This article was originally published on Common Edge.
For the past two weeks, cities across Nigeria were hit by protests against the notorious Special Anti-Robbery Squad (SARS), a police unit setup in 1992 to fight armed robberies. The anti-SARS protesters are calling for the unit’s disbandment, due to its high-handedness, extra-judicial killings, extortion, and numerous human rights abuses.
Tragically, the protests came to a brutal climax on October 20, with the shooting of protesters at the Lekki Tollgate by gunmen believed to be agents of the Nigerian state. This led to casualties, which are currently a subject of controversy: the Lagos State government concedes that two persons lost their lives; groups like Amnesty International insist the figures are much higher.
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Protests are relatively common in Nigeria, but nothing on this scale has been seen for several decades. A common trait of the EndSARS protests is the almost instantaneous appropriation of public roads, a situation that creates tension between protesters and other residents. This flashpoint—between citizens who want to be heard and residents who need to go about their business—is caused in large part by the paucity of open public spaces in most Nigerian cities. Protesters are forced to commandeer roads since there are virtually no open spaces large enough for these kinds of public gatherings. In Abuja, protesters at some point took over the airport road, cutting off access to a vital commercial hub, stranding residents and travellers alike. Similar disruptions occurred in just about every city where protests were held.
Nigerian cities have been shaped by a variety of factors, many of them in conflict with one another: the peculiarities of local politics, a half-century of British colonial rule that abhorred all forms of protests, and several decades of military dictatorship when dissent was illegal. I believe this urban hole in our cities—where functioning public spaces might logically reside—is quite deliberate. Both our colonizers and our dictators shared a disdain for protests and civil disobedience. Hence they felt much better served by the absence of these spaces. Even for a recently built city like Abuja, which was bespokely designed to correct the ills of Lagos, Nigeria’s erstwhile capital city, this crucial urban component remains woefully absent. Ironically, Paris was the model on which Nigerian authorities modeled its new capital city. Bureaucrats and designers here wanted to recreate the wide Haussmann boulevards, with colonnades of trees and public squares. It is curious, and yet not entirely surprising, that authorities then discarded this important placemaking element. The official logic is obvious: no public spaces, no public protests.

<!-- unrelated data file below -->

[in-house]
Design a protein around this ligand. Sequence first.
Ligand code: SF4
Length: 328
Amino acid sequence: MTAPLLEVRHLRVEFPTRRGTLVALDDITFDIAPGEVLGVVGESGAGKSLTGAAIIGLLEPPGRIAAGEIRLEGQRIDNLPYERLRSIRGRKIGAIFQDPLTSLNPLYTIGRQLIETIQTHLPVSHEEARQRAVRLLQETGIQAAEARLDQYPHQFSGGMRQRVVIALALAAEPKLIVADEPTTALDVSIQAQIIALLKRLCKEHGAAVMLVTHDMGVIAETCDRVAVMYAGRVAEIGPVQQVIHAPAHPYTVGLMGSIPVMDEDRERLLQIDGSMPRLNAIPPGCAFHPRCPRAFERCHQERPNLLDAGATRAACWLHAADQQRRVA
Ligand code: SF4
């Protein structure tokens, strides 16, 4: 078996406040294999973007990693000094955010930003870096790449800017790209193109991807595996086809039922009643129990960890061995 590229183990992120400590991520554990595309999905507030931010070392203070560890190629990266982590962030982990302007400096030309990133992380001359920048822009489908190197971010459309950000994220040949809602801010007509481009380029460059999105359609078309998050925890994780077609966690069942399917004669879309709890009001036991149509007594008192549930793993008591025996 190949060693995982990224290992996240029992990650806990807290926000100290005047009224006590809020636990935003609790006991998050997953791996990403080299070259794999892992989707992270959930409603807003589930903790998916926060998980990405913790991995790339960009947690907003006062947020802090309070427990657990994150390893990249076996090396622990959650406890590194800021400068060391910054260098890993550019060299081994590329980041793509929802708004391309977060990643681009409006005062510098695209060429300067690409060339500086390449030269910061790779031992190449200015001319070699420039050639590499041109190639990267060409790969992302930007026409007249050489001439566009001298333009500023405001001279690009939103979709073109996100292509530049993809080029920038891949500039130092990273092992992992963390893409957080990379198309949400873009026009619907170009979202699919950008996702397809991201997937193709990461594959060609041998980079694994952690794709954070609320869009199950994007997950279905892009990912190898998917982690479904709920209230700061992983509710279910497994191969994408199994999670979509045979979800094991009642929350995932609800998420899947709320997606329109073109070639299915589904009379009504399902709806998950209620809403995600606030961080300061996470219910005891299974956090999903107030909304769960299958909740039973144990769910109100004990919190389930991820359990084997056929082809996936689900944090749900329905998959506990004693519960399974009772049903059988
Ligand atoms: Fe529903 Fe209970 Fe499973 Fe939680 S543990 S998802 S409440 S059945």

Historically, the absence of public spaces in our cities has been a way for colonial and post-colonial authorities to maintain power. Denying the local population a spatial outlet for protest created a culture of suppression and a collective cultural docility: What’s the point of protest if there’s no place to protest? Sadly, this urban legacy remains to this day, and it subtly and inexorably erodes our budding democracy. Nigeria simply doesn’t have cities equipped to handle dissent: Protests have often been a nightmare for both protesters and other city residents. The only public square in Abuja, Eagle Square, is fenced off and used for state-sanctioned events only; access is granted at the pleasure of the authorities, at whom these protests are usually targeted. Even worse, our pedestrian-unfriendly urban centers often make it impractical to lead itinerant protests. This inevitable tension between protesters and motorists is fundamentally an urban design problem.
Today, African nations are emerging from years of military dictatorship and strongmen politics to become full-blown democracies. It is crucial that city authorities across the continent accept this reality: they owe citizens the opportunity and avenue to air their grievances. Public spaces are not just a mark of urbanity, but a core attribute of democracy itself. They must be incorporated into African contemporary placemaking, giving everyone a sense of belonging and civic participation, an opportunity to have their voices heard. This urban reality would set them boldly apart from the epoch of military dictatorships and the European colonialists before them.